The Myth of “Write What You Know”

When I was in high school, I wrote a short play that won a statewide competition, and part of the prize was that I got to produce it at the Texas Educational Theatre Association’s annual conference. My play was a family drama, and during the Q&A session after the performance, somebody in the audience asked if I had been through the same things my characters had. When I told her I hadn’t, she narrowed her eyes and said, “How could you possibly write about something you don’t know anything about?”

I don’t remember how I answered the woman, but to this day I think about that question every time I hear someone telling aspiring writers to “write what you know.” 

The advice may be well intentioned, but we tend to take it too far, translating it to mean “write only what you know,” meaning that we can only write about places we’ve been, people we’ve known, and experiences we’ve had. And, sure, there’s something to be said from mining your own experiences, especially when you’re just starting out. But what if we really took “write what you know” to heart? There’d be no fantasy, no sci-fi, no historical fiction…there’d be nothing to read but thinly veiled memoir.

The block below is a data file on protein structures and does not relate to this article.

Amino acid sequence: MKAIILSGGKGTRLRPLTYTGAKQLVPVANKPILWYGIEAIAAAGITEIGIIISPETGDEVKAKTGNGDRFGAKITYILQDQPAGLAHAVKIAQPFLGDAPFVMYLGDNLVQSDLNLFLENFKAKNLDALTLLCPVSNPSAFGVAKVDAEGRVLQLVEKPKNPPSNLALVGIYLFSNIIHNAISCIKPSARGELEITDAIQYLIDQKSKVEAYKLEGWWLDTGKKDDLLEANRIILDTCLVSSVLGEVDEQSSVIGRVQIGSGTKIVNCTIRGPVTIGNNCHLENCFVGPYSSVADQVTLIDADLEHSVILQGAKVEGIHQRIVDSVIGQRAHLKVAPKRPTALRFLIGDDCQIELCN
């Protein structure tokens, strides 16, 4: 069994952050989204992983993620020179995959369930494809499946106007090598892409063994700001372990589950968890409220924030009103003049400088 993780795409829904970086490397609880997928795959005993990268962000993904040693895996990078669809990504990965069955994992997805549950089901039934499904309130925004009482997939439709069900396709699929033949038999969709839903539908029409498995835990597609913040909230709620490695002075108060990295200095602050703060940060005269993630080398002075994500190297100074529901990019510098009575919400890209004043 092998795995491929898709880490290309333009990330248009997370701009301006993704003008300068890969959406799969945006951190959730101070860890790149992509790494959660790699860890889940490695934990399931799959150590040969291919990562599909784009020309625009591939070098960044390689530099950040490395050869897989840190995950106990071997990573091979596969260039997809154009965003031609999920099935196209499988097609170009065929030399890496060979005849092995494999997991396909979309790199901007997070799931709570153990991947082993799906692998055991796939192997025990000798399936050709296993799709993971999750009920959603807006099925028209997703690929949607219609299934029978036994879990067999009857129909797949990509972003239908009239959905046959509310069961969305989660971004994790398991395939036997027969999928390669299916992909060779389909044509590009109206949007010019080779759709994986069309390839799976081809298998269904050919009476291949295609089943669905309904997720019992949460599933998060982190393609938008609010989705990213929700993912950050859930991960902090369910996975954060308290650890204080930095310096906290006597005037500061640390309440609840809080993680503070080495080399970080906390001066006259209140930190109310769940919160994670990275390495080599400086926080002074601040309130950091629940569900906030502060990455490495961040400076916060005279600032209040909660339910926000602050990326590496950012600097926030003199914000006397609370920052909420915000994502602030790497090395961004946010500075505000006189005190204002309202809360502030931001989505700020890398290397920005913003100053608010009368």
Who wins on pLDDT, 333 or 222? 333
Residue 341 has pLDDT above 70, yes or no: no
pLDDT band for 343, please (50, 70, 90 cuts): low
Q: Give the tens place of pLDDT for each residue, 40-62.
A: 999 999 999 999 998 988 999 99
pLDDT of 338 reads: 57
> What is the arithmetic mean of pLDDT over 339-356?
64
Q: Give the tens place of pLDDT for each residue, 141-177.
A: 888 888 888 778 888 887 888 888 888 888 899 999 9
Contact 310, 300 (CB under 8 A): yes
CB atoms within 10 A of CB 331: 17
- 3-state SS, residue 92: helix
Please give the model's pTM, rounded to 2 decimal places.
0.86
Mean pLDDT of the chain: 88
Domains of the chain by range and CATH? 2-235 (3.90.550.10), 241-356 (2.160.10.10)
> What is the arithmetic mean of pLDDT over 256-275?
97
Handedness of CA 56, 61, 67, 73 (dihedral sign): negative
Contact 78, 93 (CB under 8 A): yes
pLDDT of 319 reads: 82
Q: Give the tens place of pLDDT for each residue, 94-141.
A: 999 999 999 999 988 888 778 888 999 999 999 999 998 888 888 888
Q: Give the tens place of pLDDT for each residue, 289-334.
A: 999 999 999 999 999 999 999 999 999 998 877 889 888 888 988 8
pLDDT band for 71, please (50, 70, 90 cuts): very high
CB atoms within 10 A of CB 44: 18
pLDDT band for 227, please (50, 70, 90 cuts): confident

Here’s what I think we should tell writers instead:

Write what you love, and use what you know. 

We’re (probably) never going to have firsthand knowledge of magic or the Victorian era or murder mysteries or any of the wonderful, inventive elements of the fiction we love to read. So we need to feel free to imagine and create.

But we do have firsthand experience with human emotions. We know what it’s like to be ecstatic, devastated, both at once, and everything in between. We do have firsthand experience with friends, family, and romantic interests. We know what it’s like to want things and resent things. We know what it’s like to get what we want and to get let down.

So when we say “write what you know,” that’s all that should mean. Create the wildest, most impossible scenario you can dream up, and draw on the human experience, with which you’re intimately familiar, to make it real.